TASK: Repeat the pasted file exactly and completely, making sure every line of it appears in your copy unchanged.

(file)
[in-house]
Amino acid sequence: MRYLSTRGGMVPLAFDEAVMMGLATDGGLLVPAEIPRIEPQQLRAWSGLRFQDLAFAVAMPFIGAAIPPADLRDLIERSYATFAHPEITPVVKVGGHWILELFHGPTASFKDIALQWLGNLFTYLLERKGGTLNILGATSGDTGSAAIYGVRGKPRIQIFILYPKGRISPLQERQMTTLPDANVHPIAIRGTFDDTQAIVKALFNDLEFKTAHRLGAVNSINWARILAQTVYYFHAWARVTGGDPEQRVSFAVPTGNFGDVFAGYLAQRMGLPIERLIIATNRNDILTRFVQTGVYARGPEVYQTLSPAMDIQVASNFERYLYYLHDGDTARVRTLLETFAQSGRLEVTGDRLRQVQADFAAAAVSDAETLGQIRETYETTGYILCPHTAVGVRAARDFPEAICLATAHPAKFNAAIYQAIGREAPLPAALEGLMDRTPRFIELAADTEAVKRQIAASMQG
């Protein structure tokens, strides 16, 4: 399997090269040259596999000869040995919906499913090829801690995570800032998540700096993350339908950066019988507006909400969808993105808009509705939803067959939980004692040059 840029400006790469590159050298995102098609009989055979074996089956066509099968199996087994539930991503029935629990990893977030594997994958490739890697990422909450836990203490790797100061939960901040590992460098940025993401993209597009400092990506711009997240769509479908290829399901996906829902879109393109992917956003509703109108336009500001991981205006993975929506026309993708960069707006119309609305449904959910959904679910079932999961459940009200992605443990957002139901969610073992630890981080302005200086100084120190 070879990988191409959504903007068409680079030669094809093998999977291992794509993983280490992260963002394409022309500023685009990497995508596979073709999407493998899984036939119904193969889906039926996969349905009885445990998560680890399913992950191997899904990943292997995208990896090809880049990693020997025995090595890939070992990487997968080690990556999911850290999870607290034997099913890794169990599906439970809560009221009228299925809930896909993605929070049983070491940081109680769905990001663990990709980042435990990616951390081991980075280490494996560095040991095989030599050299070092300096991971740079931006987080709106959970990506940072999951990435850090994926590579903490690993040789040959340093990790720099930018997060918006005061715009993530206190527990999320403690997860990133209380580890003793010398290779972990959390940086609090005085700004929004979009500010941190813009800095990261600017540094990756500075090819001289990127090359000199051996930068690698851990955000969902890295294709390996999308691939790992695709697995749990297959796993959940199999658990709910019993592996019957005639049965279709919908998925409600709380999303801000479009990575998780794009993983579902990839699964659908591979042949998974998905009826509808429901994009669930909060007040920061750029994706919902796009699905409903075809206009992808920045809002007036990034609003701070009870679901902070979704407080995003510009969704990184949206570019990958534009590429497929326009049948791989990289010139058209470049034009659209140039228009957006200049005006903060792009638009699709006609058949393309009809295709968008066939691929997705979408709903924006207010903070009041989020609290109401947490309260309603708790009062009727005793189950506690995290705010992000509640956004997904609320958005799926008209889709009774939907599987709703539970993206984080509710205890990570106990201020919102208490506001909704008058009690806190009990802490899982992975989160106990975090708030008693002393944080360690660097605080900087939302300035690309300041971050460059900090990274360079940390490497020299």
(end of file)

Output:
[in-house]
Amino acid sequence: MRYLSTRGGMVPLAFDEAVMMGLATDGGLLVPAEIPRIEPQQLRAWSGLRFQDLAFAVAMPFIGAAIPPADLRDLIERSYATFAHPEITPVVKVGGHWILELFHGPTASFKDIALQWLGNLFTYLLERKGGTLNILGATSGDTGSAAIYGVRGKPRIQIFILYPKGRISPLQERQMTTLPDANVHPIAIRGTFDDTQAIVKALFNDLEFKTAHRLGAVNSINWARILAQTVYYFHAWARVTGGDPEQRVSFAVPTGNFGDVFAGYLAQRMGLPIERLIIATNRNDILTRFVQTGVYARGPEVYQTLSPAMDIQVASNFERYLYYLHDGDTARVRTLLETFAQSGRLEVTGDRLRQVQADFAAAAVSDAETLGQIRETYETTGYILCPHTAVGVRAARDFPEAICLATAHPAKFNAAIYQAIGREAPLPAALEGLMDRTPRFIELAADTEAVKRQIAASMQG
């Protein structure tokens, strides 16, 4: 399997090269040259596999000869040995919906499913090829801690995570800032998540700096993350339908950066019988507006909400969808993105808009509705939803067959939980004692040059 840029400006790469590159050298995102098609009989055979074996089956066509099968199996087994539930991503029935629990990893977030594997994958490739890697990422909450836990203490790797100061939960901040590992460098940025993401993209597009400092990506711009997240769509479908290829399901996906829902879109393109992917956003509703109108336009500001991981205006993975929506026309993708960069707006119309609305449904959910959904679910079932999961459940009200992605443990957002139901969610073992630890981080302005200086100084120190 070879990988191409959504903007068409680079030669094809093998999977291992794509993983280490992260963002394409022309500023685009990497995508596979073709999407493998899984036939119904193969889906039926996969349905009885445990998560680890399913992950191997899904990943292997995208990896090809880049990693020997025995090595890939070992990487997968080690990556999911850290999870607290034997099913890794169990599906439970809560009221009228299925809930896909993605929070049983070491940081109680769905990001663990990709980042435990990616951390081991980075280490494996560095040991095989030599050299070092300096991971740079931006987080709106959970990506940072999951990435850090994926590579903490690993040789040959340093990790720099930018997060918006005061715009993530206190527990999320403690997860990133209380580890003793010398290779972990959390940086609090005085700004929004979009500010941190813009800095990261600017540094990756500075090819001289990127090359000199051996930068690698851990955000969902890295294709390996999308691939790992695709697995749990297959796993959940199999658990709910019993592996019957005639049965279709919908998925409600709380999303801000479009990575998780794009993983579902990839699964659908591979042949998974998905009826509808429901994009669930909060007040920061750029994706919902796009699905409903075809206009992808920045809002007036990034609003701070009870679901902070979704407080995003510009969704990184949206570019990958534009590429497929326009049948791989990289010139058209470049034009659209140039228009957006200049005006903060792009638009699709006609058949393309009809295709968008066939691929997705979408709903924006207010903070009041989020609290109401947490309260309603708790009062009727005793189950506690995290705010992000509640956004997904609320958005799926008209889709009774939907599987709703539970993206984080509710205890990570106990201020919102208490506001909704008058009690806190009990802490899982992975989160106990975090708030008693002393944080360690660097605080900087939302300035690309300041971050460059900090990274360079940390490497020299």